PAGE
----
Charlie’s concern washed over her. According to everything she’d read about him, he’d had a childhood as ugly as her own. Both of them were on their own at a young age, the streets safer than staying home. And for Delores, the harrowing tales of Charlie being placed in a London workhouse at the tender age of seven put her own upbringing in a new light. Somehow, she didn’t feel so bad about her own childhood, not when there was somebody that had it worse.

Charlie looked at her closely. “Are you okay, my dear?”

Delores’s stomach churned. When Tamater talked, she could hear her father’s voice in her head. His sneer rode on the red-headed miner’s whiskered face. And just like her father, Tamater had a sixth sense about weakness. She knew the type. Men like that, they’d pick and tear at her like giant carrion birds until she was shredded and bleeding, her guts lying on the ground waiting to be scooped up.
Her mouth went dry at the memories.

Her eyes narrowed as she gripped the steering wheel. Next time, when Tamater pushed, she’d push back harder—until he was the one that got crushed. “I’m not that helpless little girl anymore, and Pa is dead,” Delores said, her face grim.

Charlie’s silence was uncharacteristic.

“You got something on your mind?” she asked.

“He’s a welcher is all I’m sayin’.”

Delores looked at Charlie, an eyebrow curled in surprise. “Welcher?”

“Exactly. Chiseller, grifter, scammer, swindler, gouger.”

“I know what the word means. I was just surprised you used it. It doesn’t sound like you. Are you quoting from a movie script?”

“I’m all in your head, my dear. You write the script—I read the lines. But I’m serious about Tamater. He’s as nasty as any movie villain. All he needs is a black top hat with a cape and moustache to swirl.”

“You talking about Tamater or my pa?”

“They’re both just shades of the same evil, my dear.”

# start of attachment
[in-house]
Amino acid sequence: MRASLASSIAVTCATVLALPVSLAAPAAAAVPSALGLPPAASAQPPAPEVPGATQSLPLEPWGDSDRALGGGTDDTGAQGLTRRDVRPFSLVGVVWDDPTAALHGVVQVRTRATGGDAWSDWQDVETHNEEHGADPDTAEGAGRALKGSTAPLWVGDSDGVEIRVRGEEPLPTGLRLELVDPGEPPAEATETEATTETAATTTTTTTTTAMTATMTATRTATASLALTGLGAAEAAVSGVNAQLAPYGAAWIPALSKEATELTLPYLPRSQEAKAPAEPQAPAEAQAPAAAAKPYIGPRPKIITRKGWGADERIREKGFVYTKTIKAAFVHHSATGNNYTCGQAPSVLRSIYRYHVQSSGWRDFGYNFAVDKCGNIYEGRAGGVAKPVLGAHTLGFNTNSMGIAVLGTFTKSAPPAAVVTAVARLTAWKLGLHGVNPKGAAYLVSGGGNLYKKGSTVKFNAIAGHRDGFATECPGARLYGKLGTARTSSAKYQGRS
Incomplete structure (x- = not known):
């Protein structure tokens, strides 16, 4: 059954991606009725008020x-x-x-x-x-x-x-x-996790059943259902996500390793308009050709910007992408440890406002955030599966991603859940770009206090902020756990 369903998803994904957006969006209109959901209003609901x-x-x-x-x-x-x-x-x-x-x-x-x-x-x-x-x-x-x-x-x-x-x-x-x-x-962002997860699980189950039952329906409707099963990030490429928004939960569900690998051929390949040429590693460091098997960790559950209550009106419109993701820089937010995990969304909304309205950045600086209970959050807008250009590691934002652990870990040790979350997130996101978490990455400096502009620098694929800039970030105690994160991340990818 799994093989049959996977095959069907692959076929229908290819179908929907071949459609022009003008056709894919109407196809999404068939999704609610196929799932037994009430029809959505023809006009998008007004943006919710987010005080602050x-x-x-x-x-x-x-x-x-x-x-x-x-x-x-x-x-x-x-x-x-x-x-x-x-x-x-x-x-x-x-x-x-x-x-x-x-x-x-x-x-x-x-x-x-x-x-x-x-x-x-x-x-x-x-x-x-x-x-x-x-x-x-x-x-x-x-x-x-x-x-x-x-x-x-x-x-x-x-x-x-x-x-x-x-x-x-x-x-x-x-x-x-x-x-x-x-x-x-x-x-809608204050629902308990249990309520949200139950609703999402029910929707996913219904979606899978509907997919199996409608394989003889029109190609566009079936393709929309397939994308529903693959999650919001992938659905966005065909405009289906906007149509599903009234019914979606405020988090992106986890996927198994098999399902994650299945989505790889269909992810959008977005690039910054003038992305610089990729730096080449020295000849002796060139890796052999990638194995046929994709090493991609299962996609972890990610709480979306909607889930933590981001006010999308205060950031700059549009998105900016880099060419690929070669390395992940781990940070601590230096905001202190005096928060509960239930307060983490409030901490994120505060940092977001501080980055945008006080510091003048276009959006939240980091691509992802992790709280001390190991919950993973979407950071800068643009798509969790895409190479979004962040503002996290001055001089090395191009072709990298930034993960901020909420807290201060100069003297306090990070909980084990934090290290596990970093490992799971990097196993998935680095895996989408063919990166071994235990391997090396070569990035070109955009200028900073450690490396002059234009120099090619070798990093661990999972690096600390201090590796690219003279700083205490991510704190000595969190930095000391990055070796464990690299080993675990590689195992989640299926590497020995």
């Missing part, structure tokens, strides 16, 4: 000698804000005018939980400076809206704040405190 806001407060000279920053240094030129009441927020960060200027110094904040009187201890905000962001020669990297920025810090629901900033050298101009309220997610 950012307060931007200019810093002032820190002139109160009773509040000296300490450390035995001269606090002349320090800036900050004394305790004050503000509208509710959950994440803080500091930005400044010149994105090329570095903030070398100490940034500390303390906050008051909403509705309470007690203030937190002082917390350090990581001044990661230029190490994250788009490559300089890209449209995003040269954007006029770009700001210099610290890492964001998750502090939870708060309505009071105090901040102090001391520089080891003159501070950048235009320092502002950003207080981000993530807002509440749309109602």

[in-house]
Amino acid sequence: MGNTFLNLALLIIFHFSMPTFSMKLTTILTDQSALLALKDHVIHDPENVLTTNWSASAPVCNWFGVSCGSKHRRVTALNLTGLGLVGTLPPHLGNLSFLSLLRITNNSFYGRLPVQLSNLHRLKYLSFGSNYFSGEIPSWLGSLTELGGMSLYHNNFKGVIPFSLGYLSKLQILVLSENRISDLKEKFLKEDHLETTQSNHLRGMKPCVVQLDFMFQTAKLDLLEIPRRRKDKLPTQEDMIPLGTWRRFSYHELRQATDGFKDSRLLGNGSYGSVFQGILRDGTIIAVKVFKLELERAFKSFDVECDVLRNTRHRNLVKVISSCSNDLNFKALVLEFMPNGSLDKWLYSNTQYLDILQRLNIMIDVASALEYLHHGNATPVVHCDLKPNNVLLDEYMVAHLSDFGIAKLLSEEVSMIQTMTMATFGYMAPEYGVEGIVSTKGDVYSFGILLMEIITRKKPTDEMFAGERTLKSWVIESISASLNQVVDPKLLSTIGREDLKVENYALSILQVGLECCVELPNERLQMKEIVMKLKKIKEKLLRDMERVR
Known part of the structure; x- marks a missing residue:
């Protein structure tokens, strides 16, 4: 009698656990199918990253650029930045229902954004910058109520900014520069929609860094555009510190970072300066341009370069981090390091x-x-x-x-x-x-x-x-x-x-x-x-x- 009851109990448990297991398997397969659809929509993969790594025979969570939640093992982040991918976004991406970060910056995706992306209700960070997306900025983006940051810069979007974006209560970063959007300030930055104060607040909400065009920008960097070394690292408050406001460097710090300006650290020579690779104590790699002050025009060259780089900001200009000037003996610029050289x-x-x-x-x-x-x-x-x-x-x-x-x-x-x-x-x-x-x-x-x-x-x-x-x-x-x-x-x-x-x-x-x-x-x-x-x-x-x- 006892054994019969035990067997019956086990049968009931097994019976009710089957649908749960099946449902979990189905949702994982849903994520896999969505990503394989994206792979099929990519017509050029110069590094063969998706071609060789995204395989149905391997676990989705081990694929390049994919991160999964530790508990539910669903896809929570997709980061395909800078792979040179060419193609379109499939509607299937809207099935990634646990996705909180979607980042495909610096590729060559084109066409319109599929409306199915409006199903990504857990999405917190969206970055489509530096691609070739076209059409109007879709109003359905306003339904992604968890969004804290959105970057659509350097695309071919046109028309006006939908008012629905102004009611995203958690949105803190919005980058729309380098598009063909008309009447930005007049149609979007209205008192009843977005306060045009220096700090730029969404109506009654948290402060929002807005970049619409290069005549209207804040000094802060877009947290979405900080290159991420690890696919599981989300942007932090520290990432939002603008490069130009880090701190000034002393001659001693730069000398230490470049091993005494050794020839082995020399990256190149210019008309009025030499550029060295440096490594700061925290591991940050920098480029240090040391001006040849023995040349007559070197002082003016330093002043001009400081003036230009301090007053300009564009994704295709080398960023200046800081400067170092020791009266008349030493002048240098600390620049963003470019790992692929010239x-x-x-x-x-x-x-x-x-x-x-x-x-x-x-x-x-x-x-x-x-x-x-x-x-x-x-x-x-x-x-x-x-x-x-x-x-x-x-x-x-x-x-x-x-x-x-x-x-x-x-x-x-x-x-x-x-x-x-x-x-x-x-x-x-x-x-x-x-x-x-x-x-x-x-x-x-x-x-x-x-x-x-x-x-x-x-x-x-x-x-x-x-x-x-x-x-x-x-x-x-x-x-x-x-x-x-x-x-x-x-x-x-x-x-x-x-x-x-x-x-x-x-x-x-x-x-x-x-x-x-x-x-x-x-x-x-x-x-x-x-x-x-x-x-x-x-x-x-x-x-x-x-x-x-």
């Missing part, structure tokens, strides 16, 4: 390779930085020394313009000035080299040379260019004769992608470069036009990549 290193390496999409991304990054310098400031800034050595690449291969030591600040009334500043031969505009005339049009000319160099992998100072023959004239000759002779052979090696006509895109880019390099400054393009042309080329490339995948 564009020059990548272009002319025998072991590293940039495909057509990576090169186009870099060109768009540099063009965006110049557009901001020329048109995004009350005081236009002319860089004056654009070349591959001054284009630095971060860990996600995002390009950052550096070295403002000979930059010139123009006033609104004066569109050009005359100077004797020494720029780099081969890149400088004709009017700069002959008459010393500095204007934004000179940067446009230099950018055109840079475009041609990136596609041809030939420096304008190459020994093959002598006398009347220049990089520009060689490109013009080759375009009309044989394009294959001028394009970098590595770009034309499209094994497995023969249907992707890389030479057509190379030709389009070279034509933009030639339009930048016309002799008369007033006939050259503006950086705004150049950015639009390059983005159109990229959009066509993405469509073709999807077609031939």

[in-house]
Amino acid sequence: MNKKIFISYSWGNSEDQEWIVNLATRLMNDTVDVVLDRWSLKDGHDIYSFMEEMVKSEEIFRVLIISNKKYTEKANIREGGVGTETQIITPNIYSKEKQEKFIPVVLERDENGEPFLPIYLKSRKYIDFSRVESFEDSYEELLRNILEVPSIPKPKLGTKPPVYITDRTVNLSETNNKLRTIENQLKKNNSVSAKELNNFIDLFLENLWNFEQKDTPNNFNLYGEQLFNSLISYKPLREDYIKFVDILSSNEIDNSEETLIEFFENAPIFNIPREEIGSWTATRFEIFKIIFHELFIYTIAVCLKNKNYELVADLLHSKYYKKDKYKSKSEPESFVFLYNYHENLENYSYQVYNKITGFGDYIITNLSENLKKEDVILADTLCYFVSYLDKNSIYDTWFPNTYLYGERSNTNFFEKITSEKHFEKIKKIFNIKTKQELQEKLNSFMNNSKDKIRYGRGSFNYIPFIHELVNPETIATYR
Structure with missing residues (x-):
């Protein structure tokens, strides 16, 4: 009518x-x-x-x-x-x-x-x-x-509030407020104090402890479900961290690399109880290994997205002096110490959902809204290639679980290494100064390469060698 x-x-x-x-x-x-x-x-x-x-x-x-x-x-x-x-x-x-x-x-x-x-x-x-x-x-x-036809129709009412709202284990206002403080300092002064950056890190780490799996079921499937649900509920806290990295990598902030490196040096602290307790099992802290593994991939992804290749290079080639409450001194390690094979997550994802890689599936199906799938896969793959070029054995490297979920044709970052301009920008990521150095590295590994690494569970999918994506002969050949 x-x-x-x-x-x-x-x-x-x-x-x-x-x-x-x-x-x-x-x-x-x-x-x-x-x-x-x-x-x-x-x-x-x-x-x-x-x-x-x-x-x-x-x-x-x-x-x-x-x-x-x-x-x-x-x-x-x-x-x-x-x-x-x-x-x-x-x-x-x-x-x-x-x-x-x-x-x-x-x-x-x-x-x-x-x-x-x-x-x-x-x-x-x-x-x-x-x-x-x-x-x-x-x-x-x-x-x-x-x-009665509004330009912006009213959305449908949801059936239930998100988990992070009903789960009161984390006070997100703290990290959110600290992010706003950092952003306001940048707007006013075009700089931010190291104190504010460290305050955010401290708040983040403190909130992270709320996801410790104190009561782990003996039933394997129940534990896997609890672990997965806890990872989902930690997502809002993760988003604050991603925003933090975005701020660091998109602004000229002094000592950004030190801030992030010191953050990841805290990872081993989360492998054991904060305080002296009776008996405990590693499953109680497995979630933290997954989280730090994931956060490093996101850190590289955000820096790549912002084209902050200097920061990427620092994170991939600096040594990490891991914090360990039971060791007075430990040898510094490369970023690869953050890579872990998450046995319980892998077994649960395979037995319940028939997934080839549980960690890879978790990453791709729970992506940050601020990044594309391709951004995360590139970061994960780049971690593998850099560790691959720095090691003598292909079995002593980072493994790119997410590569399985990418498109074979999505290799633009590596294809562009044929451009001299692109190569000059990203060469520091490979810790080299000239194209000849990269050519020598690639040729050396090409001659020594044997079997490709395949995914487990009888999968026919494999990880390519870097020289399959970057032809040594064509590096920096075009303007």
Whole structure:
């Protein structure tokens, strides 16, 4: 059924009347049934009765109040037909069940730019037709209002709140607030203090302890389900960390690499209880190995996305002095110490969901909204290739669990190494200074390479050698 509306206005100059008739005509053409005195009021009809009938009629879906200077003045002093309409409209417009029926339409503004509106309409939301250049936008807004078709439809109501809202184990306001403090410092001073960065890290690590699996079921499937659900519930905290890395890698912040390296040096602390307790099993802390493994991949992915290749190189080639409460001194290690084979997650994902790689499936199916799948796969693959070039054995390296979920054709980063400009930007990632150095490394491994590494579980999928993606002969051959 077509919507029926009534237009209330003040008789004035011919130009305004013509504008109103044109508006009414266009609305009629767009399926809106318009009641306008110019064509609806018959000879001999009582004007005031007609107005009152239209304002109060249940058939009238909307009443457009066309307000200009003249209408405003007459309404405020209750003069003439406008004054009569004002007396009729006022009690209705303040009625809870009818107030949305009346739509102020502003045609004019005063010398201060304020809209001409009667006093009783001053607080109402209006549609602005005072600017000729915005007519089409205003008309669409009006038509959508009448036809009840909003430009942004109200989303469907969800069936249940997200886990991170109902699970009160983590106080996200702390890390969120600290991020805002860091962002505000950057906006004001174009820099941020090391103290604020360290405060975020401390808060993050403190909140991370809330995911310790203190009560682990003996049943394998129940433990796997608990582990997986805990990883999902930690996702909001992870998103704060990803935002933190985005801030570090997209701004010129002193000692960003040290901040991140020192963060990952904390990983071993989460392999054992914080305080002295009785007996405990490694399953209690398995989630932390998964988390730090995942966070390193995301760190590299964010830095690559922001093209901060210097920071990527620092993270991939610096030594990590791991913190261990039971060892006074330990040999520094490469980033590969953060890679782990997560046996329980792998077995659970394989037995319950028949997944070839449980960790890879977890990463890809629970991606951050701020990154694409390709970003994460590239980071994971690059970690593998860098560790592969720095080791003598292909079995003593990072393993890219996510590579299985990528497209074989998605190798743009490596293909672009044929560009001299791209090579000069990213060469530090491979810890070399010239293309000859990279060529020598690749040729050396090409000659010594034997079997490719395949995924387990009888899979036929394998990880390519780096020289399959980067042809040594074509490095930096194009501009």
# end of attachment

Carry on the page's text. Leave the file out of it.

“Now, that’s got to be a line from some movie.”

“And I delivered it perfectly. How about this: he’s a dirty rat.”

“You never said that.”

“I was doing my tough guy impersonation.”

“Don’t. It sounds too much like my brothers, or Mickey. I’m done with mobsters.”

“All the same, Tamater tried to take two gallons of your finest moonshine without paying. And then had the gall to challenge you on it— ‘girlie’ indeed. Threatening to take his business elsewhere. Like that’s going to happen,” Charlie said with a laugh.

Delores nodded, her eyes on the road. “I got those miners right where I want ’em.”

Charlie laughed. “Yeah. Grateful. Nothing like being the only game in town.”

Delores flashed him a quick smile before turning back to watch the road. “And so they should be. Even with Prohibition, we don’t have too much competition in these mountains that are prepared to ferry the ‘shine out to the camps. You’d have to be a dumb dame to try to build a business around that idea.”

“You, my dear, are anything but a dumb dame.”
Delores looked over at Charlie, surprised at the compliment. And suspicious. Was this another one of his cracks? He smiled his sad little smile and tipped the bowler hat that was always riding on his head.

“What about those moonshiners from Mammoth?” he asked, pantomiming shooting a gun.

“I don’t bother them, and they don’t bother me.”

Tamater. She remembered the weight of the pistol in her hand. The power of the gun surging into her hand and up her arm … making her blood sing. Then the satisfying snick of the metal as she slid the breech back. ‘You owe me twenty-five dollars, Tamater, or I take back the ’shine. Either one is fine with me, but hurry it up. I haven’t got all night.’ The arrogant, dismissive attitude served her well—cold as ice, its jagged edge sharp enough to slice.

“It’s tragic that you never stood up to your brothers like that. Or to your father,” Charlie said.

Delores flinched. The criticism struck home. She’d been raised by a family of bootlegging moonshiners, spent her youth as a gun moll to a famous mobster, and then jumped a midnight train, looking over her shoulder as she skedaddled out of Philly.

“I remember the promise you made when you got on that train. Do you?” he asked.

“I remember.”

“You said you weren’t ever going to let anyone treat you like that again.”

“I said I remember. You made your point.” She’d seen enough in her young life that could get anyone’s pulse racing, but she was a Bailey. She was born staring down drunks and dodging blows… Whether they were bootleggers from Philly, crooked cops on the take, or miners in the backwoods of Montana, they were all the same to her.

“I can handle myself.” The grimness in her tone confirmed it.

Sliding through a patch of mud, Delores wrestled to keep control of the truck. Branches scraped against the side as it swerved. She swore through clenched teeth. The trail cleared, and she regained speed. She was almost home.